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Graeme Smith talks up SA20’s protection against talent drain

The SA20’s reliance on a mostly local talent base will shield it from any major impact around the poaching of international talent to other leagues, according to commissioner Graeme Smith.

Speaking at a press conference at the conclusion of the second season of the SA20, from where 12 overseas players jetted off to join the ILT20, Smith was not overly concerned about their movements because he felt the core of the SA20 player pool remains strong.

“If you take a step back, we are a majority-based South African league. The majority of our players in playing XIs are South African. We are blessed to be able to attract top international talent who want to play here,” he said. “When we were building SA20, there was no confidence in South Africa cricket that we were able to pull it off at this level.

“But we have done that. FTPs [Future Tour Programme for international cricket] are tough. Noor Ahmad got pulled out the day before the playoffs because he was selected for Afghanistan. But if we look at what we’ve created in two years – it’s amazing. We’ve gone from a place where international talent hasn’t backed our league, to where they want to be a part of it.”

The SA20 was South Africa’s third attempt at a franchise T20 tournament – after the Global League T20 was abandoned in 2017 and the Mzansi Super League failed to secure a broadcaster – and has, so far, been a resounding success despite schedule clashes and a direct competitor in the UAE’s International League T20, which runs concurrently.

However, Smith has always underlined that the major difference between the SA20 and the ILT20 is player composition, with South Africa drawing from an existing talent pool – this season only 37 out of the 99 players who featured in at least one match were foreign – while the ILT20 is made up mostly of an overseas contingent. And that, he says, is why league overlaps will affect the ILT20 more. “The challenge with ILT20 is they are consuming nine or ten international players per playing XI plus squad members, so it’s a lot of players to keep the ship moving.”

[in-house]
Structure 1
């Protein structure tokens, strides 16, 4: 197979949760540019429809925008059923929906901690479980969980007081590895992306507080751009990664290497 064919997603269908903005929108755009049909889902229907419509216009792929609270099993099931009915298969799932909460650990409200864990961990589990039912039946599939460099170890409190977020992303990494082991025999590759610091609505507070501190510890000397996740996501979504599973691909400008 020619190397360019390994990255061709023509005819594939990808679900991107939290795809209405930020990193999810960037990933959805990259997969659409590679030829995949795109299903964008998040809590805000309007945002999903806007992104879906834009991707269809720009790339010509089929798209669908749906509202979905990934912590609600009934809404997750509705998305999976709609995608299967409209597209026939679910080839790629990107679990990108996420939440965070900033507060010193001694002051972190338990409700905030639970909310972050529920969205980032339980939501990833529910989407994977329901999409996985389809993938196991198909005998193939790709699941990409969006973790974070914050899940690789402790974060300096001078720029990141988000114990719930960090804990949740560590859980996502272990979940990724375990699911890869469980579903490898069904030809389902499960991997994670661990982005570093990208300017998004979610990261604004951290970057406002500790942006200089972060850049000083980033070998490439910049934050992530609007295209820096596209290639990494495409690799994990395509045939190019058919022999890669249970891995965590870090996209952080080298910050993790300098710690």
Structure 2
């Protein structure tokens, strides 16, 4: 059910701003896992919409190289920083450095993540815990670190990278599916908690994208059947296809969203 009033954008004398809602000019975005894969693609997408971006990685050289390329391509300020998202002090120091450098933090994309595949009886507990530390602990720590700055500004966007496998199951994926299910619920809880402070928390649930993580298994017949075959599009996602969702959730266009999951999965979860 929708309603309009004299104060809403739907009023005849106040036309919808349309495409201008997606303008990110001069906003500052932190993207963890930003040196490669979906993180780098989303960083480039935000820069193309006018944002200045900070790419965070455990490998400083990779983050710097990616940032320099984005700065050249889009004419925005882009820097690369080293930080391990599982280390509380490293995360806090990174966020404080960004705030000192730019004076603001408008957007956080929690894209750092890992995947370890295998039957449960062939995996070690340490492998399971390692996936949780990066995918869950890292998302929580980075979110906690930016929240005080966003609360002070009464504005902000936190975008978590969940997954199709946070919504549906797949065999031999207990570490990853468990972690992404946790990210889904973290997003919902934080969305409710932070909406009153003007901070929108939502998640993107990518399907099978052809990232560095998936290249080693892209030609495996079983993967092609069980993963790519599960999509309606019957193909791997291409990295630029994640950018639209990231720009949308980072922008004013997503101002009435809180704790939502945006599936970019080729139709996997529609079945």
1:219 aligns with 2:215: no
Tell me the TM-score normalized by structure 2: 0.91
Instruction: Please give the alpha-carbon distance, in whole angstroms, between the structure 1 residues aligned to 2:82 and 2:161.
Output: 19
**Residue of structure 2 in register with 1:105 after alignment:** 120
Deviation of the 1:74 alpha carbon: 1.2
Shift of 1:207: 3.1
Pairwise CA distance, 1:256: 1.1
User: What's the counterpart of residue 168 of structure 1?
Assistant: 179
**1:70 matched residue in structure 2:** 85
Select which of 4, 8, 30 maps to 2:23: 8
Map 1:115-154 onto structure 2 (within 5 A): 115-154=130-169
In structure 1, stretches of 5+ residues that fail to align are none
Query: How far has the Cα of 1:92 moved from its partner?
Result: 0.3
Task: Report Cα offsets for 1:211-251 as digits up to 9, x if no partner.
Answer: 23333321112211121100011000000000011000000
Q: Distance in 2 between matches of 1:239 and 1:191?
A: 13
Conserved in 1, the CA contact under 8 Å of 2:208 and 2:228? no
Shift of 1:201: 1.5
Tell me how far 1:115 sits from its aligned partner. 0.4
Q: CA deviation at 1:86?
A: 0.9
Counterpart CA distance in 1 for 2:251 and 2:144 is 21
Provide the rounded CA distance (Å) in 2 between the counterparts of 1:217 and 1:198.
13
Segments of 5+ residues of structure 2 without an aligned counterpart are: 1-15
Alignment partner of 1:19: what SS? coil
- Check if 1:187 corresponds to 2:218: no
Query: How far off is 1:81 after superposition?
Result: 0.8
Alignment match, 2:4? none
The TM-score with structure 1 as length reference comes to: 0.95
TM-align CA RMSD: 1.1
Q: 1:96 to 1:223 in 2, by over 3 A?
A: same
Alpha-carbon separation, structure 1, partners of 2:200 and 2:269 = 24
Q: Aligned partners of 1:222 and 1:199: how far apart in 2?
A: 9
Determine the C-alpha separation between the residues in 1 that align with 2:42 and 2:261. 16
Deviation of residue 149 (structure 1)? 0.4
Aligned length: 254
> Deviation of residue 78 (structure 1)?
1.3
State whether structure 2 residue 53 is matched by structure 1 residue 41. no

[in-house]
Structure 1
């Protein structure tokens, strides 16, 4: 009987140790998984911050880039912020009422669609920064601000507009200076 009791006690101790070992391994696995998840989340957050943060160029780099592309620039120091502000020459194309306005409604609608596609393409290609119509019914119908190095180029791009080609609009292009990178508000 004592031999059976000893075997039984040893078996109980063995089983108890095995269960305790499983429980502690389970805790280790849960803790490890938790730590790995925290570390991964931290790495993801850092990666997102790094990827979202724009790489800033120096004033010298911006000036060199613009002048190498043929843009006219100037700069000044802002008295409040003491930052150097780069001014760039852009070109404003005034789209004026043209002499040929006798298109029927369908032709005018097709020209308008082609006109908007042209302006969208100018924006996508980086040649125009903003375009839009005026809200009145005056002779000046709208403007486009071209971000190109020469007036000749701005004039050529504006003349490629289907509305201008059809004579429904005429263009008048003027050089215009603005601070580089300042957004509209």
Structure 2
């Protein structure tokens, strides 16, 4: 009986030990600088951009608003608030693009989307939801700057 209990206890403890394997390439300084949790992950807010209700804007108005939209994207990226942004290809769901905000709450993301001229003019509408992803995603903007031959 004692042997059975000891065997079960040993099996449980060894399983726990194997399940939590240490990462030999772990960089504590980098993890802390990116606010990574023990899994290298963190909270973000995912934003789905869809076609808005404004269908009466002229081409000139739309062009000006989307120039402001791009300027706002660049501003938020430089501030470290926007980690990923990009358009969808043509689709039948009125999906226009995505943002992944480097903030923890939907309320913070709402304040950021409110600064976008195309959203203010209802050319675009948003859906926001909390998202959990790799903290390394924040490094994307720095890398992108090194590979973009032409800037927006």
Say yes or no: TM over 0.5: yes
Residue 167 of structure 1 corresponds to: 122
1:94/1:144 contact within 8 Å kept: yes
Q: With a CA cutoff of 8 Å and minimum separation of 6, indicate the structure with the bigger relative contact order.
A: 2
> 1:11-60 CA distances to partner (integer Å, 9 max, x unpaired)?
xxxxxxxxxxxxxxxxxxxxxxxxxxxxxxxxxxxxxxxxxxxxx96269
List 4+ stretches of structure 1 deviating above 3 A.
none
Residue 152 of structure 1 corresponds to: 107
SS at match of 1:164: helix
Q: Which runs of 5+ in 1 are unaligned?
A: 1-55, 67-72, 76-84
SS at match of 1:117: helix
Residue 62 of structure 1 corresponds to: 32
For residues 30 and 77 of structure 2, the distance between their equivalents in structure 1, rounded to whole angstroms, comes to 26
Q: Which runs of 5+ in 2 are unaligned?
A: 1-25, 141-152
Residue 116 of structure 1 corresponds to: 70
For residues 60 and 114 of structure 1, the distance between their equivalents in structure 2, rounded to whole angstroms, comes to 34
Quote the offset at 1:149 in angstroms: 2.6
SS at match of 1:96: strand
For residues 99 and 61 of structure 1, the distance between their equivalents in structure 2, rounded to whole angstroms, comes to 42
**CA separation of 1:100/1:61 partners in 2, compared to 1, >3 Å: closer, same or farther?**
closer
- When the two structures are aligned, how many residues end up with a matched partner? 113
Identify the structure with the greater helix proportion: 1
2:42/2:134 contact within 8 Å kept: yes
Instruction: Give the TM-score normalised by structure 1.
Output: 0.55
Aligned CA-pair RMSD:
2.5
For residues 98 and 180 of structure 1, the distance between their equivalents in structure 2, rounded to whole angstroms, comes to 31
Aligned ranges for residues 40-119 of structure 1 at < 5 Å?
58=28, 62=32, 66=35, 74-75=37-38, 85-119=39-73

While the ICC recently agreed to a cap of four internationals for all new T20 leagues, the existence of the ILT20 as it is has already created concerns around player availability and management. ESPNcricinfo’s Matt Roller considered the clashes and proposed some solutions including cooling-off periods and restriction of NOCs, as endorsed by Ricky Ponting, but Smith did not agree. “It is very difficult to restrict talent,” he said. “The NOC discussion in itself is a challenge for the world game. It’s way more complicated than me answering you now behind the scenes legally and with what goes on.”

Another concern for both leagues is a potential clash with next year’s Champions Trophy, which the FTP has pencilled in for mid-February to early March. Although the SA20 concludes by February 10, South Africa are due to play a triangular ODI series in Pakistan ahead of the tournament and there is also the possibility that the SA20 will clash with the preparation window for other national teams. Might that mean a shift for the SA20 dates? “We will have to consider everything,” Smith said. “The Champions Trophy dates are not set in stone. We will work with the ICC and CSA and once we’ve got confirmed information we can make informed decisions.”

Should there be a direct clash, it will be the third time in as many seasons that the SA20 will be affected by international cricket. In the first season, the SA20 had to take a break to accommodate South Africa’s must-play World Cup Super League ODI series against England. In the second season, it had far bigger impact because it clashed with a two-Test series in New Zealand and because South Africa’s first-choice players were legally obliged to compete in the SA20, a makeshift Test squad was selected.

While CSA tried to negotiate with New Zealand Cricket to find better dates, the overwhelming feeling in South African cricket, and it seems from the SA20, is that more should have been done to ensure the Tests were moved. “This scheduling issue should never have happened,” Smith, who considers himself a lover of Test cricket, said. “It’s disappointing. We are disappointed at what has happened. And we need to work together to make sure it does not happen again.”

Smith was also quick to point out that CSA is not the only board battling to ensure they have their best players available all the time. He used West Indies as his strongest example of another. “The challenges are much deeper than this scheduling issue. We heard (CWI CEO) Johnny Grave speak after an incredible Test win (in Australia) and they lost over a million dollars on that trip,” Smith said.

Grave spoke to ESPNcricinfo last month and called for a radical shift in the ICC’s revenue model to help support Test teams outside of the Big Three [Australia, England and India]. The same issue has been addressed by the MCC World Cricket Committee, who met on the sidelines of the SA20 last week and recommended the current model of home teams retaining all proceeds from tours to be looked at to ensure a more equitable distribution.

“These discussions need to be happen at bilateral level,” Smith said “You only earn money when you are hosting tours. India plays more cricket than anybody else but with touring, a lot of other teams earn good revenue. But outside the top three – how does an SA or a WI keep all three formats strong?”

Firdose Moonda is ESPNcricinfo’s correspondent for South Africa and women’s cricket


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